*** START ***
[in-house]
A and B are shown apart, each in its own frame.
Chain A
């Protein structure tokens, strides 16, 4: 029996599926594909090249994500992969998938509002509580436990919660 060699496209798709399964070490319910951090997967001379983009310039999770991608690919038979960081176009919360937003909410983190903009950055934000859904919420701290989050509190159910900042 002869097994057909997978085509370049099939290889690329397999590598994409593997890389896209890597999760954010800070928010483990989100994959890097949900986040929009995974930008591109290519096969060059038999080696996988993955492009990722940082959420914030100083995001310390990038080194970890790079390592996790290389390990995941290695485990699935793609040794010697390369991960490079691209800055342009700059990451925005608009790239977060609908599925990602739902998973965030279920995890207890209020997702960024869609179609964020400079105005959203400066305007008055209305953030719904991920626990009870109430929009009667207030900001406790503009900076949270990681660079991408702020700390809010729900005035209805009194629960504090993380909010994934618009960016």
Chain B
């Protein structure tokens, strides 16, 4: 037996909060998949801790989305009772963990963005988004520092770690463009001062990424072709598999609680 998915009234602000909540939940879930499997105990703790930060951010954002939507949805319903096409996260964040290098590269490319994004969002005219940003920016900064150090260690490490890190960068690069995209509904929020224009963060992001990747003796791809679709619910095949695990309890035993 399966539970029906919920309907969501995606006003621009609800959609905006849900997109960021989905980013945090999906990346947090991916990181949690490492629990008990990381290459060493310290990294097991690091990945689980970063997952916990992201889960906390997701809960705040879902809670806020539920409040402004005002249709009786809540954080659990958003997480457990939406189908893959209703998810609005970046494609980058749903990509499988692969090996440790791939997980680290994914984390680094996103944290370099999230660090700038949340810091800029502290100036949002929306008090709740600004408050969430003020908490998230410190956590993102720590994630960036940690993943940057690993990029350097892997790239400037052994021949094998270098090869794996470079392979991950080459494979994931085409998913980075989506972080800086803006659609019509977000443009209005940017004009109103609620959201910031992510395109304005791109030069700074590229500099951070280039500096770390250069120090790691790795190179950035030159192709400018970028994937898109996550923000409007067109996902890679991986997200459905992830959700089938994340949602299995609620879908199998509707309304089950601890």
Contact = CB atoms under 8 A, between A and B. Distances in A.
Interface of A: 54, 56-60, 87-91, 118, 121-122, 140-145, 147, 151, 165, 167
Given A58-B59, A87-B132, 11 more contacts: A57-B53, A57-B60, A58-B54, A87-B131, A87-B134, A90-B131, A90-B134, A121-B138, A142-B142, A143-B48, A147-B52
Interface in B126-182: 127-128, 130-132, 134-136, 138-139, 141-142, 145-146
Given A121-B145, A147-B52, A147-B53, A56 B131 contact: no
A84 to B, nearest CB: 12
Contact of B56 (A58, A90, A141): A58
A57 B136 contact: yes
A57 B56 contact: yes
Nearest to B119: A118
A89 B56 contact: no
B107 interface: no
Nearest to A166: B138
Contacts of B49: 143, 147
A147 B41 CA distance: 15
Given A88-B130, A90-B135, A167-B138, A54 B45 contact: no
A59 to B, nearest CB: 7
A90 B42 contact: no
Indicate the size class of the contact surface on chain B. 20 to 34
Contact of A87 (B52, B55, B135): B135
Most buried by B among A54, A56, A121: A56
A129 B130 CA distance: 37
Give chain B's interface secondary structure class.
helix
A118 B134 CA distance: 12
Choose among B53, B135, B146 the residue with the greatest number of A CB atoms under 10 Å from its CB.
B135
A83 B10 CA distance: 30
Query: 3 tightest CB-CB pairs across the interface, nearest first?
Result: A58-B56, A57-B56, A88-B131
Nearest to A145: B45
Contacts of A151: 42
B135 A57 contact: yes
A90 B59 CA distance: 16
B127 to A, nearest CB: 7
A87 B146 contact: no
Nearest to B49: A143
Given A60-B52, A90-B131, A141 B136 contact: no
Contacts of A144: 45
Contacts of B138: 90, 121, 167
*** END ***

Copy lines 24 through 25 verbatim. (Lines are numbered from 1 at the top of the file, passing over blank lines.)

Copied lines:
A90 B42 contact: no
Indicate the size class of the contact surface on chain B. 20 to 34